Flores named Pediatric Infectious Diseases division chief
Anthony R. Flores, MD, PhD, associate professor in the Department of Pediatrics has been named chief of the Division of Pediatric Infectious Diseases, effective July 1, 2021. Flores succeeds Gloria Heresi, MD, who held the position for the last decade.
“I am incredibly grateful to Dr. Mary Aitken and the Department of Pediatrics for giving me this opportunity,” Flores said. “I am excited to build upon the hard work of Dr. Gloria Heresi and looking forward to working with departmental leadership toward further strengthening the division.”
Flores completed his MD, MPH, and PhD, at the University of Rochester School of Medicine and Dentistry, followed by a residency in pediatrics and a fellowship in infectious diseases at Baylor College of Medicine. He joined the Department of Pediatrics in 2017.
Through support from the Pediatric Infectious Diseases Society (PIDS) and the Robert Wood Johnson Foundation, he developed a robust research program in streptococcal pathogenesis during his fellowship and early faculty years.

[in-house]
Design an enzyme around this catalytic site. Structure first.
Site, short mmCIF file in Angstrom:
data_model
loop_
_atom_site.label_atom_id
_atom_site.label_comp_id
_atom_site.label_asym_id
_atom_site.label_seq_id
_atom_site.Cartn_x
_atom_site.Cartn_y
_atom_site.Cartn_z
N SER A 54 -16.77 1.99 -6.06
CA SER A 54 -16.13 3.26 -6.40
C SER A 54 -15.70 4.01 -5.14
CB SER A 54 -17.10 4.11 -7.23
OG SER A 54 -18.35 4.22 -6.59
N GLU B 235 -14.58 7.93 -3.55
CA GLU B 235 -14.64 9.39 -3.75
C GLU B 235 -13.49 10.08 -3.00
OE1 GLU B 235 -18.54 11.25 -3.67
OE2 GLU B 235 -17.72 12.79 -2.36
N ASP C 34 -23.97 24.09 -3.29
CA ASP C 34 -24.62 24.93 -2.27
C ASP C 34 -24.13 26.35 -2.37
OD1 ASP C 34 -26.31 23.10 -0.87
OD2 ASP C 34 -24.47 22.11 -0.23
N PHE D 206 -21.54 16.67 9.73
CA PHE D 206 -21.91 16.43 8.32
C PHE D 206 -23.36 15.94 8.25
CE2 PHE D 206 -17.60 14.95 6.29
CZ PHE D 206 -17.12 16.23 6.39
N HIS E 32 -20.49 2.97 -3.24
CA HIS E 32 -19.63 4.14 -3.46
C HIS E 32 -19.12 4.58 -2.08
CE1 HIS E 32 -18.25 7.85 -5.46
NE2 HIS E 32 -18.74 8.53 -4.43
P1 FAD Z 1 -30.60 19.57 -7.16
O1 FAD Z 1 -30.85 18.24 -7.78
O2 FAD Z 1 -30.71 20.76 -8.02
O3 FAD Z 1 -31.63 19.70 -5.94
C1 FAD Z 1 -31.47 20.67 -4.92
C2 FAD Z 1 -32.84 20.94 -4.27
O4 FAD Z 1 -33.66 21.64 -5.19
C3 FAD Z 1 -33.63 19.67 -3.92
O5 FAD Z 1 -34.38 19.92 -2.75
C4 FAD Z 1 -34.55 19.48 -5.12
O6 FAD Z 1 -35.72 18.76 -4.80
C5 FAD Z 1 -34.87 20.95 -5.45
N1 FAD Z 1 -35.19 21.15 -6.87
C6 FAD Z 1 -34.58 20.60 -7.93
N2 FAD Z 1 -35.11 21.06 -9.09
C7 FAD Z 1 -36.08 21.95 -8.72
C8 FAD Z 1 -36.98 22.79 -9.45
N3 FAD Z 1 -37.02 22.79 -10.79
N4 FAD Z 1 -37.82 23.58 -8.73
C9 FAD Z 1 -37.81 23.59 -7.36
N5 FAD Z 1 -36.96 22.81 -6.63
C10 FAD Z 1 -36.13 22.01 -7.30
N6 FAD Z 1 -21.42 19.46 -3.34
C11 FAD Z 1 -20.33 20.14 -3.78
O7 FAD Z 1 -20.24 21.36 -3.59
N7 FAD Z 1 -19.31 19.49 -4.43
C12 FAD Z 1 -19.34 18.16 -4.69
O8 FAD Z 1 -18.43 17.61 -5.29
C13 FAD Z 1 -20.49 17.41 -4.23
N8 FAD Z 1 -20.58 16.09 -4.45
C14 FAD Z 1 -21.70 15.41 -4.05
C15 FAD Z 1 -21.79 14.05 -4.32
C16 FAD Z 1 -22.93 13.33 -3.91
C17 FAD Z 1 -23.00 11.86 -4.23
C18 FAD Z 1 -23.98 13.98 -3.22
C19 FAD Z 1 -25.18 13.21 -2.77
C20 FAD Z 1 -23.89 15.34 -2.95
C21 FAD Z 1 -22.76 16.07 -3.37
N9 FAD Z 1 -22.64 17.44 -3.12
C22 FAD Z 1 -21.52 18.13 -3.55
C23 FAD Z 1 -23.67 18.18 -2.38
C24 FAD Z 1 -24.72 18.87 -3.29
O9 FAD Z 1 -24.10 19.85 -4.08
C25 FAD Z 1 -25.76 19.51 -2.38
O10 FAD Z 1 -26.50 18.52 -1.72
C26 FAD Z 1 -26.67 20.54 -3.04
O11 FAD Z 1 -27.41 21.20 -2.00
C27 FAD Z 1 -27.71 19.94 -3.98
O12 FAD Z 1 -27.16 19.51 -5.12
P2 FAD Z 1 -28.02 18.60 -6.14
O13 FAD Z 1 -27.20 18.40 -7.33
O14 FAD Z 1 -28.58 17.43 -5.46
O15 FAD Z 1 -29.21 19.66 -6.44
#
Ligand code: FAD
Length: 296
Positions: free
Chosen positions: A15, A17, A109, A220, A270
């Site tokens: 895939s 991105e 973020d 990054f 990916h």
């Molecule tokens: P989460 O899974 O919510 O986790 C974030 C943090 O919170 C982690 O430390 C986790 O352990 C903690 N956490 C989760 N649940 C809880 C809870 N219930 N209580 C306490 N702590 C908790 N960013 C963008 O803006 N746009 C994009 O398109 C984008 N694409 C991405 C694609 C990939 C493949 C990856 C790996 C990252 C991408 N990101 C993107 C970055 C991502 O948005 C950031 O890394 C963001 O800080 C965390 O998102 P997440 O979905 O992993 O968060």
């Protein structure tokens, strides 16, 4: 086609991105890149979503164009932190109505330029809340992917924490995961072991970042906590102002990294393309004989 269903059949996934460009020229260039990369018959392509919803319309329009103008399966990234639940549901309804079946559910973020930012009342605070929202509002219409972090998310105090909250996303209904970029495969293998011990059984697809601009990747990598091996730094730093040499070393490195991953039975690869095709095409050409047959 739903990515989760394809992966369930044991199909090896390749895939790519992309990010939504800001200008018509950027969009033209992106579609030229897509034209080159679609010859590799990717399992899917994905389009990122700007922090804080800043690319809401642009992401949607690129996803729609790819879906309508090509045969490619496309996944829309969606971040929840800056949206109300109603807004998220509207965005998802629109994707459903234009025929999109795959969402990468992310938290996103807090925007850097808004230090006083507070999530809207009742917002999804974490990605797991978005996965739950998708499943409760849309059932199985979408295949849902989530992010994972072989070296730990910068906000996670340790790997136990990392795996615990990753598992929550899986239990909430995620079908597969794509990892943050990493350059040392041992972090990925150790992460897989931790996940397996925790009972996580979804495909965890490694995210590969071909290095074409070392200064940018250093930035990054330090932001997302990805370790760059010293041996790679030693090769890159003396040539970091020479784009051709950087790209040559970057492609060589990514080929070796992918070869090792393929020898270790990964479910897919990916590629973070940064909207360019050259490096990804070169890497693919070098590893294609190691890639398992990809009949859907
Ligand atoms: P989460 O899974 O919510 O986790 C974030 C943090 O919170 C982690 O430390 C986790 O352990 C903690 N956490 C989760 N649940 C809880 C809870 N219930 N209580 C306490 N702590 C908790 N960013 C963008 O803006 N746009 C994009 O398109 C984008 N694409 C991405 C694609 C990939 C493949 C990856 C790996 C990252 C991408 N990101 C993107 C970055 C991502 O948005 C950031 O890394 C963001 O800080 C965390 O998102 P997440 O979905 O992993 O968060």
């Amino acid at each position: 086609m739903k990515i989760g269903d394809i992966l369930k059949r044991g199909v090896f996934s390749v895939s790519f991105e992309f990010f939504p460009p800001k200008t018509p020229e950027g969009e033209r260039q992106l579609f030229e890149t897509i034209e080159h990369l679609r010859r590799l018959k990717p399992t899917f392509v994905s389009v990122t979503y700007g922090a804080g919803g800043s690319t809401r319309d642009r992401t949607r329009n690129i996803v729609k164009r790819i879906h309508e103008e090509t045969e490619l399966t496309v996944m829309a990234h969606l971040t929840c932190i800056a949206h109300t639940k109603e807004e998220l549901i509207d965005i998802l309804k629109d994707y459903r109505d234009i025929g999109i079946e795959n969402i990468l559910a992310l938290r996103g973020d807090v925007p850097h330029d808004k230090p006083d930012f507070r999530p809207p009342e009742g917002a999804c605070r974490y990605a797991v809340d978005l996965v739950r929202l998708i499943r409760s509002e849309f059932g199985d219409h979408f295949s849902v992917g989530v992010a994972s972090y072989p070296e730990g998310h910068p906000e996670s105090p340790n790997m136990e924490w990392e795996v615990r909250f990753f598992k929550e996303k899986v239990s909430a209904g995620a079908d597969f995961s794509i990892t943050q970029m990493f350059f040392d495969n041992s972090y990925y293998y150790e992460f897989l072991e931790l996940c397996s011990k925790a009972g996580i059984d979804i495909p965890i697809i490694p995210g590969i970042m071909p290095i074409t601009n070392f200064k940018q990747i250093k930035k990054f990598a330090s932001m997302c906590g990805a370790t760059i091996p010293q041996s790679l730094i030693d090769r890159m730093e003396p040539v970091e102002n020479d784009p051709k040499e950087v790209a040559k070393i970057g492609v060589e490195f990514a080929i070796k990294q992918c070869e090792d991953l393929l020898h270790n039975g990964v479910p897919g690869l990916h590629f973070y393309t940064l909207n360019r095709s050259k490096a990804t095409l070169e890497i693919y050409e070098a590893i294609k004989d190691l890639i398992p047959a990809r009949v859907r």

Flores’ current research focuses on the genomic epidemiology and virulence mechanisms of pathogenic streptococci (group A and B streptococci) and is funded by grant awards for the NIH/NIAID. Through is primary research and collaborative efforts, Flores has published over 50 peer-reviewed articles and several book chapters.
In addition to pediatric infectious diseases consultations and research, Flores has a strong interest in mentoring trainees and early career physician-scientists aimed at improving workforce diversity in pediatrics and research. In 2019, he spearheaded the formation and is the co-chair of the Inclusion, Diversity, Access, & Equity (IDA&E) Task Force in PIDS. Through the task force, he has led the collaboration between PIDS and the Academic Pediatric Association’s RAPID program to provide mentorship to early-stage investigators underrepresented in medicine and is part of the National Advisory Committee in the PIDS/APA RAPID Collaborative.